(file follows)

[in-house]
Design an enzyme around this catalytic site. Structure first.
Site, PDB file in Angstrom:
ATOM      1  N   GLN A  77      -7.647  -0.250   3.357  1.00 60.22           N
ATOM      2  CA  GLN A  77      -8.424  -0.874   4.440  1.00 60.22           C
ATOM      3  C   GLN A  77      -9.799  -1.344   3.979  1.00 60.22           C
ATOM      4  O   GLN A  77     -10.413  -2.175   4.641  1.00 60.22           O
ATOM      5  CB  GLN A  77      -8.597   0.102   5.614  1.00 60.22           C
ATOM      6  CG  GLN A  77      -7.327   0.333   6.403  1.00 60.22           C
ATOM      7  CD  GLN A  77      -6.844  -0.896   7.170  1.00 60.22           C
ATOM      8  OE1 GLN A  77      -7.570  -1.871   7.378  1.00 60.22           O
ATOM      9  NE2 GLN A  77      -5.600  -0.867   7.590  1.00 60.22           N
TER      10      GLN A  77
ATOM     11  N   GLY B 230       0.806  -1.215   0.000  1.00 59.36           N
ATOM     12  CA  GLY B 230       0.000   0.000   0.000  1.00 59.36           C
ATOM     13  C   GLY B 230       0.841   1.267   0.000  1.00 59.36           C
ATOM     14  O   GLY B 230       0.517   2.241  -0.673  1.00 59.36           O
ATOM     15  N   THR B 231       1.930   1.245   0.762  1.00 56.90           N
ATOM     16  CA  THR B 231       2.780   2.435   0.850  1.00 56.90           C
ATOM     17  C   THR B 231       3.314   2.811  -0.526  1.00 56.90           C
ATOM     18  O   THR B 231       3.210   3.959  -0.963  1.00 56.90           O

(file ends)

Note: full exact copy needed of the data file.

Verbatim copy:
[in-house]
Design an enzyme around this catalytic site. Structure first.
Site, PDB file in Angstrom:
ATOM      1  N   GLN A  77      -7.647  -0.250   3.357  1.00 60.22           N
ATOM      2  CA  GLN A  77      -8.424  -0.874   4.440  1.00 60.22           C
ATOM      3  C   GLN A  77      -9.799  -1.344   3.979  1.00 60.22           C
ATOM      4  O   GLN A  77     -10.413  -2.175   4.641  1.00 60.22           O
ATOM      5  CB  GLN A  77      -8.597   0.102   5.614  1.00 60.22           C
ATOM      6  CG  GLN A  77      -7.327   0.333   6.403  1.00 60.22           C
ATOM      7  CD  GLN A  77      -6.844  -0.896   7.170  1.00 60.22           C
ATOM      8  OE1 GLN A  77      -7.570  -1.871   7.378  1.00 60.22           O
ATOM      9  NE2 GLN A  77      -5.600  -0.867   7.590  1.00 60.22           N
TER      10      GLN A  77
ATOM     11  N   GLY B 230       0.806  -1.215   0.000  1.00 59.36           N
ATOM     12  CA  GLY B 230       0.000   0.000   0.000  1.00 59.36           C
ATOM     13  C   GLY B 230       0.841   1.267   0.000  1.00 59.36           C
ATOM     14  O   GLY B 230       0.517   2.241  -0.673  1.00 59.36           O
ATOM     15  N   THR B 231       1.930   1.245   0.762  1.00 56.90           N
ATOM     16  CA  THR B 231       2.780   2.435   0.850  1.00 56.90           C
ATOM     17  C   THR B 231       3.314   2.811  -0.526  1.00 56.90           C
ATOM     18  O   THR B 231       3.210   3.959  -0.963  1.00 56.90           O